We are nearing the end. But if we don’t reach our modest goal, we will have to cut back on content and run advertisements (how annoying would that be?). So please, if you have not done so, chip in if you have the means.
Much of the prison literature I have read expresses a legitimate bitterness about the political forces that led to the inmate’s incarceration. I can’t imagine writing without such anger if I were the one imprisoned. I wouldn’t have such control over my emotions, such tranquility in the face of the horrible environments that exist in virtually all prisons in the world, except in the Scandinavian countries that are almost always more enlightened than we are in the United States. Nor would I be able to stop cursing the head off at the government that has incarcerated me. But these characteristics are largely missing from Turkish writer’s Ahmet Altan’s I Will Never See the World Again.
I’d be angry as hell at Recep Tayyip Erdogen, Turkey’s President, because I’ve seen what his goons have done in Washington, D.C., where I live, brutally beating up and injuring protesters on American soil. If he can get by with that in the USA, who knows what he has done in Turkey. We do know that he has incarcerated thousands of people he claims were involved in the attempted coup against him in 2016. Thousands. And we know that Turkey currently has imprisoned—under Erdogen’s orders—more journalists than any other country. Novelist and essayist Ahmet Altan falls into the latter category.
I Will Never See the World Again is not a typical prison narrative, also, because Altan is still incarcerated and his memoir was smuggled out of prison in little bits of paper, a few pages at a time, presumably by his lawyers—without the writer’s ability to produce a sustained narrative and edit it himself. Hence, this is a series of vignettes, beginning with him being picked up at his home, at 5:42 in the morning, and taken away by the state security department. He tells us of a deep irony: “Exactly forty-five years ago, on a morning like this one, they had raided our house and arrested my father.” The next paragraph sets the tone of his narrative: “My father asked the police if they would like some coffee. When they declined, he laughed and said, ‘It is not a bribe, you can drink some.’” And then, “Forty-five years had passed and time had returned to the same morning. During the space of that morning which lasted forty-five years, my father had died and I had grown old, but the dawn and the rain were unchanged.”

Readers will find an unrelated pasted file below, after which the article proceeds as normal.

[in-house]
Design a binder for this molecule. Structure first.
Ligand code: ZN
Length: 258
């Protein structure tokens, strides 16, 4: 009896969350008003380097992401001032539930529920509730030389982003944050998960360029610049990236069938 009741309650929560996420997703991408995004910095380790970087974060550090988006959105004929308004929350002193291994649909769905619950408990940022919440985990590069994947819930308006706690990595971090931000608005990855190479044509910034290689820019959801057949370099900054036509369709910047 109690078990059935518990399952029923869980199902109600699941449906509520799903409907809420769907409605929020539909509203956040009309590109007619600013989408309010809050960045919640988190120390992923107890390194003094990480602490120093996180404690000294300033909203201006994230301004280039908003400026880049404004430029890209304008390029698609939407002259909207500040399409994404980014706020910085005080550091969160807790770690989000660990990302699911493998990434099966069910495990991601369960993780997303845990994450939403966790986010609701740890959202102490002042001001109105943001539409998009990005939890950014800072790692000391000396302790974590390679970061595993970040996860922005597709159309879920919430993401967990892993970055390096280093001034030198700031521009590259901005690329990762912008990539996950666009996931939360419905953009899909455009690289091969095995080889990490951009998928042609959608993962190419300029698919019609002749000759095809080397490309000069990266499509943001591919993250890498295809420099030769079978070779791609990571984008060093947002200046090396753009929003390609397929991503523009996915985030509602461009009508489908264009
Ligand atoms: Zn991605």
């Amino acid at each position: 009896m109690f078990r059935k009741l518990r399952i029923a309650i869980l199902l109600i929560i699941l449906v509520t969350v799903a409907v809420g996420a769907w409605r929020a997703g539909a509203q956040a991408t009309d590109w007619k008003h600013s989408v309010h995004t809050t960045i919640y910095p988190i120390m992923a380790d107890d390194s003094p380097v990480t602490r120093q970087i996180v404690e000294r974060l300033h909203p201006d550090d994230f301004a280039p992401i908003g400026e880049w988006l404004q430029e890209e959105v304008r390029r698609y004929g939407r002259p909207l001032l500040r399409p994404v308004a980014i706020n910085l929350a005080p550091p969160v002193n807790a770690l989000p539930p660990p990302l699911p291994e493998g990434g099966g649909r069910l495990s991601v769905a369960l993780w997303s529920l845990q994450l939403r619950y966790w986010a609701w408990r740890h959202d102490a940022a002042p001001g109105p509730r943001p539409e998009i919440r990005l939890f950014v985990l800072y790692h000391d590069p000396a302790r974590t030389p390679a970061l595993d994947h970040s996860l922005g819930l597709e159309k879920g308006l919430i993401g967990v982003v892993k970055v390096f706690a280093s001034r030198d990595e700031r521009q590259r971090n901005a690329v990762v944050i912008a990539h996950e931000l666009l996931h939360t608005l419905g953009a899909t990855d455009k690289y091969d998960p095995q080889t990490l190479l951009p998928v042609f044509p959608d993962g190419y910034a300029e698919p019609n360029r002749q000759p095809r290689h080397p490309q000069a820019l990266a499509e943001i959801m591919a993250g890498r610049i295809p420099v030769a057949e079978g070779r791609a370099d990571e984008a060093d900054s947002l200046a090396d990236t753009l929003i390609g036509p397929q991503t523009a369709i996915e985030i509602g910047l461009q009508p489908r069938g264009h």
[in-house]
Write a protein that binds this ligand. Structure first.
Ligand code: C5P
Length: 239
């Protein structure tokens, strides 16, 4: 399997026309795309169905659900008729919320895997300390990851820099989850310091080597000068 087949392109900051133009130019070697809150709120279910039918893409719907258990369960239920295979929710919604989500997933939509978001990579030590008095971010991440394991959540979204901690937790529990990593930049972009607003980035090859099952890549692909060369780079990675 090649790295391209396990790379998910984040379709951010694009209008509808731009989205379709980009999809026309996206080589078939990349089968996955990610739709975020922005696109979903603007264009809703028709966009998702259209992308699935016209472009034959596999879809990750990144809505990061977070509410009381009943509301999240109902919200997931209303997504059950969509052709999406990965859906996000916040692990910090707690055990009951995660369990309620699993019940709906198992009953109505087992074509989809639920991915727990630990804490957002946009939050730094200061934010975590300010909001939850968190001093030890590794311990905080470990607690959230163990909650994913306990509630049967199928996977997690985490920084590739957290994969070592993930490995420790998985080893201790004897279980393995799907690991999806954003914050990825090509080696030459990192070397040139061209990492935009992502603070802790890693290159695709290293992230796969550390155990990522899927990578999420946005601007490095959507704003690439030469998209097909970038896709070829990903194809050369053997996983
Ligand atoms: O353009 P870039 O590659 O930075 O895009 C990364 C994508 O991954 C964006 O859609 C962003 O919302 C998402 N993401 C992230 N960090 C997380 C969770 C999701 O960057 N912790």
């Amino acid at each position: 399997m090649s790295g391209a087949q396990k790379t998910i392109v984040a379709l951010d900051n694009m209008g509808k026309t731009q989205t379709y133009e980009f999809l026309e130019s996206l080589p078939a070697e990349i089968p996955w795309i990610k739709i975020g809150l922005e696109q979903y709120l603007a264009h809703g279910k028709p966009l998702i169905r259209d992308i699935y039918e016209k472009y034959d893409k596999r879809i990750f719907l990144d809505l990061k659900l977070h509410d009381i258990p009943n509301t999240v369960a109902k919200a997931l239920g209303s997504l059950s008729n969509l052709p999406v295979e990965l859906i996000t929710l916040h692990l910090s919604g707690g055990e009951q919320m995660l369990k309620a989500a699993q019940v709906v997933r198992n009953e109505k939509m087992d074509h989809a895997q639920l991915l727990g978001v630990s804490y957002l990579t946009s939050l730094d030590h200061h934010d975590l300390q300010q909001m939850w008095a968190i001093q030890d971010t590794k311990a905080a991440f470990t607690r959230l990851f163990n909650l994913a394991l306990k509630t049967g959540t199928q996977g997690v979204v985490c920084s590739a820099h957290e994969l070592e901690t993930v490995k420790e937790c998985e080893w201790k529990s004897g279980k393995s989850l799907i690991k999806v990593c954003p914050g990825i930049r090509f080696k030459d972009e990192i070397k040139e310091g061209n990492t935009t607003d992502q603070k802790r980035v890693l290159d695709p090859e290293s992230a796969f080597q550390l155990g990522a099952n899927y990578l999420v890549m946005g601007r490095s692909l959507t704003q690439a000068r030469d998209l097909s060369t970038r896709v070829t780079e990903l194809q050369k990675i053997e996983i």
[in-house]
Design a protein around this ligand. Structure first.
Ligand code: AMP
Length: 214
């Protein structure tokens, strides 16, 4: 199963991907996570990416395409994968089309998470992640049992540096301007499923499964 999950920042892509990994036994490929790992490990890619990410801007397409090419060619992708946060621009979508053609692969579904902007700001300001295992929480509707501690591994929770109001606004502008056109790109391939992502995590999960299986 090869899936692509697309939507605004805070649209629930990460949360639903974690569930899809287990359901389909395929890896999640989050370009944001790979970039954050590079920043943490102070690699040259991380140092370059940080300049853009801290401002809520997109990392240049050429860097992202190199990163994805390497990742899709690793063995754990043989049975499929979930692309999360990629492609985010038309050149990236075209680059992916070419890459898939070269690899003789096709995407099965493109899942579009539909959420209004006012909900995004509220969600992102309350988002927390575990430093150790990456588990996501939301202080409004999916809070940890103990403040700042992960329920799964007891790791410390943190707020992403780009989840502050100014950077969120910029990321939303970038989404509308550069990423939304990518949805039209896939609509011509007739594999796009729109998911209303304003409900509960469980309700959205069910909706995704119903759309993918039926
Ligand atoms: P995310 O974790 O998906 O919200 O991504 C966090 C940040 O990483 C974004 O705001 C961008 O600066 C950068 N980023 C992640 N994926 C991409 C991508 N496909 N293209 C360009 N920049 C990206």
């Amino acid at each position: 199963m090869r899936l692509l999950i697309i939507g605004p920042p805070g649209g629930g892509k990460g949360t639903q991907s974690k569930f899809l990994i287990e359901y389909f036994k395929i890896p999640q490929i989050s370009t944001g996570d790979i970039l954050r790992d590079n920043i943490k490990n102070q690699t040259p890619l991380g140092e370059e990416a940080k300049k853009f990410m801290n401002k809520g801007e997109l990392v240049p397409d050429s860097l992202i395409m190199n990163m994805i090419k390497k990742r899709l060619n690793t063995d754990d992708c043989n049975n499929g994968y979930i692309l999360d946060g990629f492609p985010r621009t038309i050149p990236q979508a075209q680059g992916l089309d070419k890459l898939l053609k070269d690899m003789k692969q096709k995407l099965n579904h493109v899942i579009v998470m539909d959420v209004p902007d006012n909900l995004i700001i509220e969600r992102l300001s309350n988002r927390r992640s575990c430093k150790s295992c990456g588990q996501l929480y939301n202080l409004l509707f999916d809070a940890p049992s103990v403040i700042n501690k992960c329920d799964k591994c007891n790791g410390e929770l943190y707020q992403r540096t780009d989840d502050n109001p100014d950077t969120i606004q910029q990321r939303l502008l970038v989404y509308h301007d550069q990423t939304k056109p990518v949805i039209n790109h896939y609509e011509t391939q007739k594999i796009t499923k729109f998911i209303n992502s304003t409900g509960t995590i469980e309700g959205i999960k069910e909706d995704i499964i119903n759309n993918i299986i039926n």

Everything, of course, was changed for the younger man: “From now on, others would decide what I did, where I stood, where I slept, what time I got up, what my name was.” In the first twelve days in jail, he lost seven kilos; the food was that awful. His brother was also imprisoned, but he didn’t see him. Since there were no mirrors anywhere, he began to believe that his life had been erased. But then—after after being transferred from jail to a prison outside of Istanbul—his mental state began to change. He says he began to realize that he was alive, but life was dead. What he had to do was use his imagination just as he had during the years he was a journalist and wrote and published more than dozen novels and collections of essays.
First, he invented a clock based on light and shadows so that he could tell day from night. As a non-believer, he began to find some sanity by arguing about religion with the other two inmates in his cell. More worrisome was the fact that his situation began to replicate the story in one of his novels, as he realized, “I am a novelist living his novel…. I am the oracle, the omen and the victim.”
The greatest shock comes shortly: “Life without parole,” rendered in a courtroom with three judges. “I am being convicted just like the hero in my novel. I wrote my own future…. I will never see the world again; I will never see a sky unframed by the walls of a courtyard. I am descending to Hades. I walk into the darkness like a god who wrote his own destiny. My hero and I disappear into the darkness together.”
Yet—and this is what I find truly remarkable about I Will Never See the World Again—Altan refutes his earlier statement: “Others may have the power to imprison me, but no one has the power to keep me in prison.”
He is who he is always been.
“I am writing this in a prison cell.
“But I am not in prison.
“I am a writer.
“I am neither where I am nor where I am not.
“You can imprison me but you cannot keep me here.
“Because, like all writers. I have magic. I can pass through your walls with ease.”
Altan makes my own despair look petty.
I Will Never See the World Again.
Other Press. 224 pp., $15.99.
Translated by Yasemin Congar.